I confess that when I first saw this picture prompt, I was elated. I was rushed with feelings from childhood birthday parties. I was fully prepared to spit out witty reminiscences of happy days of youth spent drawing with sidewalk chalk, balloon tosses, eating strawberry shortcake cupcakes, and visiting Disney World, but I digress. You see, my 36th birthday is next week.
I’ve heard often during the passing of another year, ‘it beats the alternative’, and indeed it does. However, this year is one year closer to leaving my mid-thirties. I’m not ready to leave them just yet, I’m not sure I’ve appreciated them well enough and I know I didn’t get to know them like I had hoped to. I thought we’d be better friends before we parted. I feel like we hardly know each other at all.
Oh, how I remember my 20s. We became close friends, there weren’t these broken years I’ve come to know in my 30s. My 20s were just my 20s, no early, mid, or late, just them and all their youthful glorious fun. Hell, it wasn’t until last year that I learned my 30s came with sections. I felt so ill prepared. I would have tried to hang onto the early ones a little longer and certainly would have mentally prepared for the mids.
All that’s left are the lates. At least I know now not to screw that up, too. Oh, I’ll be bitter for a minute, I’m a woman and that’s what we do – or that’s what I do any way. After the bitterness I’m going to get to know them, take them out on the town more often, compliment them and tell them they’re pretty. I might even try to give them some healthier options, slim them up a bit, maybe go on more walks. The lates and I are going to be besties. Plenty of movies, laughs, and slow dances, it’s what the lates are made for, I think. Though, I’m not really sure since I’ve yet to introduce myself, but I will and I hope they will be as grand as their predecessors.
All I know is I hope to slow down a bit and savor them like an old bottle of wine.
I was 12 years old and my brother was graduating from Navy basic training in San Diego, CA. I remember his going away party like it was yesterday. This party, though, was one for the books. We had a 3-floor split level home and one of my dad’s best friends brought a gas station sized American Flag to drape in front of our house. There were so many people, so many laughs, and so many tears. I don’t really remember the day he left, but I remember the sadness that overtook the party at the end when everyone wished him well.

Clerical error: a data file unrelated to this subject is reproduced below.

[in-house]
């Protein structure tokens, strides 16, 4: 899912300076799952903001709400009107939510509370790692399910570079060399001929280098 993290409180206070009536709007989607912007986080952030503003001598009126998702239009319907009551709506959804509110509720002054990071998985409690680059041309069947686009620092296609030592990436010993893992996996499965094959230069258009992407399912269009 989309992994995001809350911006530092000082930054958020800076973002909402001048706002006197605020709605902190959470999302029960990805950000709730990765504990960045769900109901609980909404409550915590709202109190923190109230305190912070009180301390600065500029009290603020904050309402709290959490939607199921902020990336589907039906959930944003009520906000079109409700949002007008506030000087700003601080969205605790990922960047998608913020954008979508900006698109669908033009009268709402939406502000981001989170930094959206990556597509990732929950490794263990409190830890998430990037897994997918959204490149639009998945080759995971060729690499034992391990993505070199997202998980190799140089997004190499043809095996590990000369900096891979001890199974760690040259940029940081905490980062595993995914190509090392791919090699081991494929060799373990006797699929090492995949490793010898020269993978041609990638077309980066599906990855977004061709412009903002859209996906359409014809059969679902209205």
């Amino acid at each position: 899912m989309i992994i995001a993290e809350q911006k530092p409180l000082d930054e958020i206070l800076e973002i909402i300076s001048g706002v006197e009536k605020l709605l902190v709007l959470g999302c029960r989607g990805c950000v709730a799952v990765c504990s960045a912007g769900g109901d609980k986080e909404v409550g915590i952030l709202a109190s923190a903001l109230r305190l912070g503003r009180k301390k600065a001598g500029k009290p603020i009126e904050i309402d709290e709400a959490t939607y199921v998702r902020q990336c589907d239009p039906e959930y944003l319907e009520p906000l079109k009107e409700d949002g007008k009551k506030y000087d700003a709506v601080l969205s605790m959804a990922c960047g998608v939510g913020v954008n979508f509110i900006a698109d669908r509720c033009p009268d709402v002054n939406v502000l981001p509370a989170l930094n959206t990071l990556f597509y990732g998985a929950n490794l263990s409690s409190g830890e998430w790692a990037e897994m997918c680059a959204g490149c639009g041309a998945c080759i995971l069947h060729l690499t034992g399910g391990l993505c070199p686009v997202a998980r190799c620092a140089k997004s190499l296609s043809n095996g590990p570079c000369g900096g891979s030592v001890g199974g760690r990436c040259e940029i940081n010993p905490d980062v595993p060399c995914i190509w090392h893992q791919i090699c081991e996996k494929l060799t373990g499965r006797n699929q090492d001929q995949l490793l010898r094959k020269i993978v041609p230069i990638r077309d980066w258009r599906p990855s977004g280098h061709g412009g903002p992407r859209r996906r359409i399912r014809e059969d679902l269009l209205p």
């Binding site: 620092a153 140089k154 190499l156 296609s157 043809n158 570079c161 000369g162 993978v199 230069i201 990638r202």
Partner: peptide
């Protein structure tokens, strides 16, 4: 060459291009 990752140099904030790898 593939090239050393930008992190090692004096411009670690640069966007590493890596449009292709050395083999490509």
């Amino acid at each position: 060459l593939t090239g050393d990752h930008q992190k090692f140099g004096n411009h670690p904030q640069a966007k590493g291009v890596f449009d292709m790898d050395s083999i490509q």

Fast forward 8 weeks and my parents let me know we were going to be flying to California to watch him graduate and spend a week touring. California! This was the summer of 1990, people! Just after the movie, Pretty Woman was released. You could imagine my excitement to see Rodeo Drive! Of course, that was before I realized San Diego was not at all near Rodeo Drive. (My dad, being the awesome man he is, later got us to Beverly Hills and the Hollywood sign for a day anyway)
After his graduation and after I melted over the fact that I used the same bathroom in the USO building from the scene in Top Gun where Maverick followed Charlie, my dad wanted to visit Mexico. Wow! Mexico? Another country? This was quickly turning into the best vacation ever.
It wasn’t a long drive, I remember, and we ended up at what reminded me as the toll booths on our highways back in GA. We go in and Dad gets us to Tijuana, Mexico. Naturally, I had no way of knowing what to expect.
My dad wanted to go to the shops in the town to barter for items on which he knew he could get great deals. We ended up going down a small open tunnel that smelled of urine, rotting food, and God only knows what else. I was scared beyond any of my monsters under the bed imaginations I had up until now. I remember women and men off to the side-eyeing us. Luckily, my father stands 6’4″ so no one really talked to us. Except this little girl who couldn’t have been more than 4 years old and there she stood with her coffee can looking at us with these huge sad, brown eyes. My heart broke. This was the first time I saw real pain and real sorrow. She was hungry. She was poor. After much begging and pleading, I got my dad to give her some money.
The vacation ended up being very wonderful, but there are so many times in my life where I find myself looking back at that little girl in that tunnel, and for an instant, my problems seem so small.